They proclaim you, in their language, a god.

If you had been born several centuries later, you’d have been called a Nova. Let’s pretend you were time-warped to the present, though. Instead of offering you food and women, they’d tell you that you’re no different from them, and insisted you live alongside them, instead of above them. Of course, instead of simple weapons of copper and oak, they have these loud mechanical beasts that spit stone-shattering projectiles that actually hurt you. Those little pieces of paper they seem to hold so valuable suddenly look quite attractive. After all, they get you food. They get you women. It’s basically the same thing, after all. They are still giving you tribute, it’s just you have to be cautious about threatening them now.

The question of what might have happened to these “god-novas” during the rise of Christianity in the west and current day is still a valid one. Perhaps they left, seeking their destiny among the stars. Perhaps they are still here, living openly now as Novas after countless years of living incognito. Perhaps they are dormant, waiting for their time to rise. Perhaps they died off, leaving no offspring to take their place in a world that was rapidly becoming hostile.

I know I’m not saying anything new here. Everyone who’s sat through a college mythology class has had to endure a thousand such conversations. I’m talking about this because the difference between a god in the times of ancient Thrace and a Nova in contemporary times is simply one of social definition, and most importantly, the presence of modern technology.

While to most of the First World and many of the Second World nations, the thought of considering Novas as gods is practically grounds for a one-way trip to the funny farm. But, as everyone who surfs the OpNet knows, it happens. The “India Syndrome,” as Project Utopia refers to it, is most common in regions of the world where technology’s presence isn’t felt as strongly. Or, interestingly, where the presence of Islam and Christianity aren’t as dominant. The two tend to go hand in hand, which is why the idea that Novas are the messengers of Yahweh or Allah aren’t as common as India Syndrome tends to be. (Yes, I’ve read the stuff on the OpNet too, so all of you out there who believe that Novas are the messengers of the previously mentioned creator-figures, please don’t send me any of your literature. I read it before writing this column.)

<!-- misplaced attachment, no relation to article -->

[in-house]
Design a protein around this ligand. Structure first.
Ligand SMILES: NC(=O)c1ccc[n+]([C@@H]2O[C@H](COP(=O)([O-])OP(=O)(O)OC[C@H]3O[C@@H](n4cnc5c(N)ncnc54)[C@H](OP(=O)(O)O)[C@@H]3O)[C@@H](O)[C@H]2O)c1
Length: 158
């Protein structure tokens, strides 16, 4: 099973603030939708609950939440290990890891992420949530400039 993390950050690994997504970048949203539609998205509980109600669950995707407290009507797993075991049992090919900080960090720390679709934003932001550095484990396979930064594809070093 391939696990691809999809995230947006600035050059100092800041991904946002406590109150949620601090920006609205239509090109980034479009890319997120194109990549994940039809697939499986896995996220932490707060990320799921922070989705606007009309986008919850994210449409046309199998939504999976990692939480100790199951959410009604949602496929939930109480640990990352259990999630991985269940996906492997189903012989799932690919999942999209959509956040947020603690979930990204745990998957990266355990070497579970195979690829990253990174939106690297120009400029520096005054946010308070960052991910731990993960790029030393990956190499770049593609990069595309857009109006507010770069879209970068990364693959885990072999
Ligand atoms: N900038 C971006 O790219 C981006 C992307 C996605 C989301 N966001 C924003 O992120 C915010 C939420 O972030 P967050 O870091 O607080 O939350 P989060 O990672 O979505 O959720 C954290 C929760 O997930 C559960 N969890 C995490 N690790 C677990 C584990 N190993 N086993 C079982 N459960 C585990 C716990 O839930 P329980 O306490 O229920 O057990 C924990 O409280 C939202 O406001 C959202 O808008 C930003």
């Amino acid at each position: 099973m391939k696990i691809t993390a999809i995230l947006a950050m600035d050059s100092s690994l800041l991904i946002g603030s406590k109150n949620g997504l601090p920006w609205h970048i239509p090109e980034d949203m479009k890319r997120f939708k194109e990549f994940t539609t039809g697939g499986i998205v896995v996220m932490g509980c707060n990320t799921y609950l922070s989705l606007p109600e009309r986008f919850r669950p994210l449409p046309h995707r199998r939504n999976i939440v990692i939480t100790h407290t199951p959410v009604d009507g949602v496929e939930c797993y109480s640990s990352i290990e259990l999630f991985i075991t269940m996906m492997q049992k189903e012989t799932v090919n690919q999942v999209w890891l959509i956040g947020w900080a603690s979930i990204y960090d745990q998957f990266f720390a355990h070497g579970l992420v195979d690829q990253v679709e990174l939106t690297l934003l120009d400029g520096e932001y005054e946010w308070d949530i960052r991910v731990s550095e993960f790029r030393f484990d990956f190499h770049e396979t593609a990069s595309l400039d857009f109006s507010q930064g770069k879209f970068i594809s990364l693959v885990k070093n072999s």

There’s no reason to assume what was once called divinity isn’t currently called quantum. We say it isn’t because a thousand years of social conditioning have relegated the gods of old into nothing more than fable and fabrication, and science the words that bind the universe into a realm of biological equality. When a Nova proclaims himself a god, he is accused of having a “god-complex” when in actuality perhaps a century before, in 1898, Caestus Pax might have been the second coming of Christ, if not Yahweh himself walking the planet.

It’s little wonder that primitive cultures, or ones that remember the old gods and keep them dear, have no problem considering a Nova as such a being. In the absence of technology, any Nova on the planet would be a god or goddess. Geisha or Alejandra could quite easily have been Aphrodite or Astarte. Jager or Pursuer could have been Mars or Thor. Splash and Fury could have been any number of deities. Prodigy could have been Hephasteus. Corbin, if he so chose, could have been Loki. Antaeus is so obviously the Green Man out of pagan lore. Apep might have been…Apep. Mal might have even been Zeus.

It’s also of interest how quickly both Islamic nations and Christian nations embraced Novas as one of their own, or denounced them as creatures of the Adversary. There is no middle ground, no room for the possibility that Novas could be something once defined as divine. To do anything else is to threaten the stability those religions base themselves upon: there is a single creator, a single god-being, and anything else is blasphemous.

Some very vocal members in the Teragen essentially have declared themselves gods, though most of those Novas are not exactly sterling representations of the trans-human community. Sometimes, though, you have to wonder if there is any truth to that declaration.

Just because the most commonly accepted definition of a “god” today is Buddha, Allah, Yahweh, or the pagan Goddess, doesn’t mean that word wasn’t first given to something a little more tangible.

Life as normal may resume. Forget everything you read here. Back to your regularly scheduled eXistenZ.